So what is the point of this? Do I just get too invested in fiction? Am I just a crazy fangirl for crying everywhere for the simple reason that Les Misérables or King’s Dark Tower series ended? Well, I think that this Reader’s Melancholy (or Watcher’s Melancholy, as the case may be) is a testament to the importance of storytelling. We like to feel connected to other people, even if those people are fictional. You can get inside the mind of a fictional character in a way you never can with another person. You can see these characters at the best and at their most vulnerable. And we connect with real people through mutual love of stories; when meeting someone for the first time, once you get past the requisite questions about work and family, movies and TV, sometimes books ultimately come into the conversation. We bond with our friends and family over the shared experience of watching fiction together. Once you’ve seen Darth Vader announce that he is Luke’s father, waited for Hamlet to just make up his damn mind, or watched Jack sink into the ocean and wondered why Rose couldn’t just shift over a little bit, you now share that experience with Luke, or Hamlet, or Rose, and with every other person who has shared that experience too. Not to mention stories that transcend time and culture, or at least borrow from earlier stories. The legends we have today about King Arthur were being changed and molded and re-appropriated all over Europe for hundreds of years before they got to the versions we know today and we’re still changing them! There’s something king of magical about the thought that the stories and characters in shows we’re watching today – like BBC’s Merlin or historical dramas like The Borgias, Spartacus, and HBO’s Rome – were exciting audiences hundreds or thousands of years ago. Sometimes, even more than that, where ancient stories and mythologies are involved; who isn’t somewhat intrigued by the stories from the Odyssey or the Aeneid ­even if we aren’t reading them in verse? Stories become ingrained in our cultural minds; you’d be hard-pressed to find someone in the Western world (and probably beyond) who has never heard “to be or not to be,” or who wouldn’t understand that something is unnatural if it features the “Franken” prefix. Characters from literature and myth live longer and burn brighter than do most historical figures.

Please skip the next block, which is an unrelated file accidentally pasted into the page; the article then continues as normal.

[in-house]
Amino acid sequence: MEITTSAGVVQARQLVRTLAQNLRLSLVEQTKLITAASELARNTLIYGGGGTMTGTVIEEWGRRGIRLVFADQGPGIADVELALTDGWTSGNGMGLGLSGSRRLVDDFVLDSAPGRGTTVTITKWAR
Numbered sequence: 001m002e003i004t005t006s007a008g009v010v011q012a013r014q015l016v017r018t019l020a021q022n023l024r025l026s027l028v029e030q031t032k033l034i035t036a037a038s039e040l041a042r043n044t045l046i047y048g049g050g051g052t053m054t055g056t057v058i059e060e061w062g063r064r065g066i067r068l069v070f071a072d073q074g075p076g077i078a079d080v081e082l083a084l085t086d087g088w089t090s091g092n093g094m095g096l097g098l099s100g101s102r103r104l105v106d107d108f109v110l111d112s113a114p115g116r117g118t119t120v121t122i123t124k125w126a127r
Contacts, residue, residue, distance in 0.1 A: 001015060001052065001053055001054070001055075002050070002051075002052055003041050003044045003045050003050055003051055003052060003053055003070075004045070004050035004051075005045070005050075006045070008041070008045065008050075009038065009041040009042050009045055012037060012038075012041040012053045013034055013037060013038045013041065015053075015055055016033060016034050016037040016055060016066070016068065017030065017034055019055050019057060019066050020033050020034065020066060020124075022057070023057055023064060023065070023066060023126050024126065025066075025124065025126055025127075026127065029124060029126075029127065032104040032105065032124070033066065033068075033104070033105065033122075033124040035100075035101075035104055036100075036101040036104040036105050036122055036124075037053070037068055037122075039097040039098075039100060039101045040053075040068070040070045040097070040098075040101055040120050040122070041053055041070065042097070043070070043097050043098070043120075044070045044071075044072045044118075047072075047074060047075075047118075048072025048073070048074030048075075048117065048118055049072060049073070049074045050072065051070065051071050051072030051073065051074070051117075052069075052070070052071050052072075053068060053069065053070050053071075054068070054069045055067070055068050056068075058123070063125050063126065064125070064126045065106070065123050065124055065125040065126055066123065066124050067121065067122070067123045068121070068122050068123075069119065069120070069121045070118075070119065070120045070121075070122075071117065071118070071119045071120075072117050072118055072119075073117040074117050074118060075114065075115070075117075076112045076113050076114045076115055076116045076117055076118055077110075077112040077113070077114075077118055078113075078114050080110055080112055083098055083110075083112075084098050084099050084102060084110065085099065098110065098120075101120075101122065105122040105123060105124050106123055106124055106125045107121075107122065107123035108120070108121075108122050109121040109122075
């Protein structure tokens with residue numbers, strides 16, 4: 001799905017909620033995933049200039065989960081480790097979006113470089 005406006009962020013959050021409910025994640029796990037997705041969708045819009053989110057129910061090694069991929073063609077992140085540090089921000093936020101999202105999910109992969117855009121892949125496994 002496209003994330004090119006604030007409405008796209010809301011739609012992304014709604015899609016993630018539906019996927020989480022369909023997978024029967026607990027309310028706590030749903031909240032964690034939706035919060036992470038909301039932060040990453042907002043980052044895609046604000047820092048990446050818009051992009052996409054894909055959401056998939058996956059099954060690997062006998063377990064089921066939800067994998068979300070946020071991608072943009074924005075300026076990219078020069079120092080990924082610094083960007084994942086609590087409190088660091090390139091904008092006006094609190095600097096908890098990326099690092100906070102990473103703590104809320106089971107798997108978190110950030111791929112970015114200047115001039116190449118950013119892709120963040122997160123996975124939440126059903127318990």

Besides, it must be boring to live in the real world all the time. Or, as Shirley Jackson states, “No live organism can continue for long to exist sanely under conditions of absolute reality; even larks and katydids are supposed, by some, to dream.” Daydreaming, making up our own stories and engaging with others’, keep us sane. Stories let us bond with other people, but also let us escape inside ourselves from the stresses and monotony of every day life. You can learn about yourself and about other people, feel less alone, even pretend to be someone else through stories. And there are so many different kinds of stories out there in different mediums, there’s something for everyone.

I wouldn’t be surprised if someone told me that I need to get out more and spend less time reading or watching movies. I’m not denying that I probably do spend too much time immersed in the fictional, but I can’t really say I regret it. I’ve read stories that were written hundreds or even thousands of years ago, and I can connect them to stories and real life today. Through them, I feel connected not only to the characters about which I’m reading, but to the other people reading the stories – living or dead. I like to escape from everyday tedium, even if just to read about someone else’s. My life is enriched by all of the stories I’ve heard or read or seen, and through them, I’ve learned much about myself and about humanity in general. Stories help us interpret ourselves, each other, and the world around us, and I think that life would be less interesting and less rich without them.

Things need not have happened to be true. Tales and dreams are the shadow-truths that will endure when mere facts are dust and ashes, and forgot.
– Neil Gaiman,
The Sandman: A Midsummer Night’s Dream